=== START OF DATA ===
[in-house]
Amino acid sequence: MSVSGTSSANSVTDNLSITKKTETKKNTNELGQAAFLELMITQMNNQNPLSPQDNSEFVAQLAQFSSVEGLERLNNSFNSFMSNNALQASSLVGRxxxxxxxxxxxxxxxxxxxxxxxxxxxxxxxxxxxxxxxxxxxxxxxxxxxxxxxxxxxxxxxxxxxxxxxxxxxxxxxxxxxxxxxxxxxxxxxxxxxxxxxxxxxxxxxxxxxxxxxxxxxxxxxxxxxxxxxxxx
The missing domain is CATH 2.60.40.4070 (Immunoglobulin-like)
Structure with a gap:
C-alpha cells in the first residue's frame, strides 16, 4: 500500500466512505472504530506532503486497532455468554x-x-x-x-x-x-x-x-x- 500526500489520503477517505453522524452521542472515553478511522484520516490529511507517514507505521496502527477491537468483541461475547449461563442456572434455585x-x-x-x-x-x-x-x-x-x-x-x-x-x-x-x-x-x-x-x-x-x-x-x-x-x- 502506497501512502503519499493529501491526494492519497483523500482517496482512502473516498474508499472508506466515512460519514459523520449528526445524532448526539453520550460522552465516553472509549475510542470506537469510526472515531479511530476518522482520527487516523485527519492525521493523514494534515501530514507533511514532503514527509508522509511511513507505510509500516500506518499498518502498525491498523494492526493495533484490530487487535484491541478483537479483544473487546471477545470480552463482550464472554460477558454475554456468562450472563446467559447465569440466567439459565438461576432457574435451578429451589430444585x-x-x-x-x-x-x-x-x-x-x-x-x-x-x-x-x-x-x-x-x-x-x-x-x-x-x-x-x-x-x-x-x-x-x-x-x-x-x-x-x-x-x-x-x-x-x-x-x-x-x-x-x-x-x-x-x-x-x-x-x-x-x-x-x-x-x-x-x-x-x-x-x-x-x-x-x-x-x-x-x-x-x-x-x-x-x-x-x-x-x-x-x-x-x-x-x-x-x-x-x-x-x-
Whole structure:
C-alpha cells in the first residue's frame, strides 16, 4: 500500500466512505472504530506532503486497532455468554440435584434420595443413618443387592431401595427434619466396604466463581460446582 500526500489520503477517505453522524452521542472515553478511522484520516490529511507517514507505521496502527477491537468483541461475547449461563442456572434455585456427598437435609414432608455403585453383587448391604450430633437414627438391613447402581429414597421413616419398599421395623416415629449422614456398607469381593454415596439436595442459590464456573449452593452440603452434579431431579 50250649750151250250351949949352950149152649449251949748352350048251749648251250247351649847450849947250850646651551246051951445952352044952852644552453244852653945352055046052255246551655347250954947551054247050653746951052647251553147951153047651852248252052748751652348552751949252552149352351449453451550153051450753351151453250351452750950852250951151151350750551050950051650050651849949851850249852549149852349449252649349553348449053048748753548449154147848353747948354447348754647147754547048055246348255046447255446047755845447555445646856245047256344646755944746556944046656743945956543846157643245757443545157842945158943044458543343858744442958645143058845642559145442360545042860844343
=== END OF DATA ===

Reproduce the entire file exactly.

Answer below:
[in-house]
Amino acid sequence: MSVSGTSSANSVTDNLSITKKTETKKNTNELGQAAFLELMITQMNNQNPLSPQDNSEFVAQLAQFSSVEGLERLNNSFNSFMSNNALQASSLVGRxxxxxxxxxxxxxxxxxxxxxxxxxxxxxxxxxxxxxxxxxxxxxxxxxxxxxxxxxxxxxxxxxxxxxxxxxxxxxxxxxxxxxxxxxxxxxxxxxxxxxxxxxxxxxxxxxxxxxxxxxxxxxxxxxxxxxxxxxx
The missing domain is CATH 2.60.40.4070 (Immunoglobulin-like)
Structure with a gap:
C-alpha cells in the first residue's frame, strides 16, 4: 500500500466512505472504530506532503486497532455468554x-x-x-x-x-x-x-x-x- 500526500489520503477517505453522524452521542472515553478511522484520516490529511507517514507505521496502527477491537468483541461475547449461563442456572434455585x-x-x-x-x-x-x-x-x-x-x-x-x-x-x-x-x-x-x-x-x-x-x-x-x-x- 502506497501512502503519499493529501491526494492519497483523500482517496482512502473516498474508499472508506466515512460519514459523520449528526445524532448526539453520550460522552465516553472509549475510542470506537469510526472515531479511530476518522482520527487516523485527519492525521493523514494534515501530514507533511514532503514527509508522509511511513507505510509500516500506518499498518502498525491498523494492526493495533484490530487487535484491541478483537479483544473487546471477545470480552463482550464472554460477558454475554456468562450472563446467559447465569440466567439459565438461576432457574435451578429451589430444585x-x-x-x-x-x-x-x-x-x-x-x-x-x-x-x-x-x-x-x-x-x-x-x-x-x-x-x-x-x-x-x-x-x-x-x-x-x-x-x-x-x-x-x-x-x-x-x-x-x-x-x-x-x-x-x-x-x-x-x-x-x-x-x-x-x-x-x-x-x-x-x-x-x-x-x-x-x-x-x-x-x-x-x-x-x-x-x-x-x-x-x-x-x-x-x-x-x-x-x-x-x-x-
Whole structure:
C-alpha cells in the first residue's frame, strides 16, 4: 500500500466512505472504530506532503486497532455468554440435584434420595443413618443387592431401595427434619466396604466463581460446582 500526500489520503477517505453522524452521542472515553478511522484520516490529511507517514507505521496502527477491537468483541461475547449461563442456572434455585456427598437435609414432608455403585453383587448391604450430633437414627438391613447402581429414597421413616419398599421395623416415629449422614456398607469381593454415596439436595442459590464456573449452593452440603452434579431431579 50250649750151250250351949949352950149152649449251949748352350048251749648251250247351649847450849947250850646651551246051951445952352044952852644552453244852653945352055046052255246551655347250954947551054247050653746951052647251553147951153047651852248252052748751652348552751949252552149352351449453451550153051450753351151453250351452750950852250951151151350750551050950051650050651849949851850249852549149852349449252649349553348449053048748753548449154147848353747948354447348754647147754547048055246348255046447255446047755845447555445646856245047256344646755944746556944046656743945956543846157643245757443545157842945158943044458543343858744442958645143058845642559145442360545042860844343